Guest Poem by Denise Bennett

Denise Bennett has an MA in creative writing and runs poetry workshops in community settings. She is widely published and has three collections: Planting the Snow Queen and Parachute Silk by Oversteps Books and Water Chits, by Indigo Dreams. She was awarded the Hamish Canham prize by the Poetry Society in 2004 and is currently working on her fourth collection.

Speaking to my Dead Mother

What are we doing here in this station tearoom?
We’ve slipped back sixty years.
You’re wearing your grey pencil-slim skirt
queuing for the buffet. Sipping tea.
I’m in my pink cotton frock covered in smuts.
You’d told me not to sit facing the engine.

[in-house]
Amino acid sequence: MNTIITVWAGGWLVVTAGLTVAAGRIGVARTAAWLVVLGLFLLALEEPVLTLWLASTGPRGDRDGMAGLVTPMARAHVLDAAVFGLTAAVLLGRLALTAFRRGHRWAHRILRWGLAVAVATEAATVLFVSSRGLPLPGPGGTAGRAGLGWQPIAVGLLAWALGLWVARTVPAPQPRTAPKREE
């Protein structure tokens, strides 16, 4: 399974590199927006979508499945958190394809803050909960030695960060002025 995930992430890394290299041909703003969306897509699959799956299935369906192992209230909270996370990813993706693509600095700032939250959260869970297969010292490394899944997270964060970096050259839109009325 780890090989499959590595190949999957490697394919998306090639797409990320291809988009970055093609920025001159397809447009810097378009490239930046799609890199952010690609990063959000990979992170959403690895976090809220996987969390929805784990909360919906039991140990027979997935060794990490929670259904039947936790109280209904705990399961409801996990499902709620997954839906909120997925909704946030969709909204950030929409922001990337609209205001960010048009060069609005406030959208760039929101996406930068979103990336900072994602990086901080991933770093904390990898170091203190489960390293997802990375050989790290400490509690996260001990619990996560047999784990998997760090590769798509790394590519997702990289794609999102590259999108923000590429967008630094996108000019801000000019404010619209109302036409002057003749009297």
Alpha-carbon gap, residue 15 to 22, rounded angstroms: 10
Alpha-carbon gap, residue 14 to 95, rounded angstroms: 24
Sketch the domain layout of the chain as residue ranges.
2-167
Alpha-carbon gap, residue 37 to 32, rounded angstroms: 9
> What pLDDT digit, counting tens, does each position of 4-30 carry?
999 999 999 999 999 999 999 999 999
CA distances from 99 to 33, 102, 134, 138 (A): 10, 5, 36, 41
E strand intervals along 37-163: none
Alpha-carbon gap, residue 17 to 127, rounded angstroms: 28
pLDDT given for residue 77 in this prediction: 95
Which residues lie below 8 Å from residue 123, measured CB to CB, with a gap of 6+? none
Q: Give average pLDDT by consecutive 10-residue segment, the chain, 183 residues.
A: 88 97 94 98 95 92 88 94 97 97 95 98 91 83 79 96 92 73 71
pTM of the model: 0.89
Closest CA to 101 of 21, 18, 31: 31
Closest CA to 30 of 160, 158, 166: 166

It’s like old times, whiling away
minutes between steam trains –
each summer we took three to get to Devon.

I remember you telling me about that first time
we travelled. I was three weeks old,
you, fleeing from the baby snatchers
brandishing adoption forms.
How did you manage cases and a baby?
Did you feed me in the ladies waiting room?

I wish I could ask you how we sheltered
in a tearoom like this,
huddled like fugitives,
you afraid running to the safety
of your family with your burden.
Mother, brother, sister.
Oh, but they took you in, didn’t they?
And they took me in.
Before we say goodbye, I want to tell you
that each year, I still go back
to Devon to lay flowers.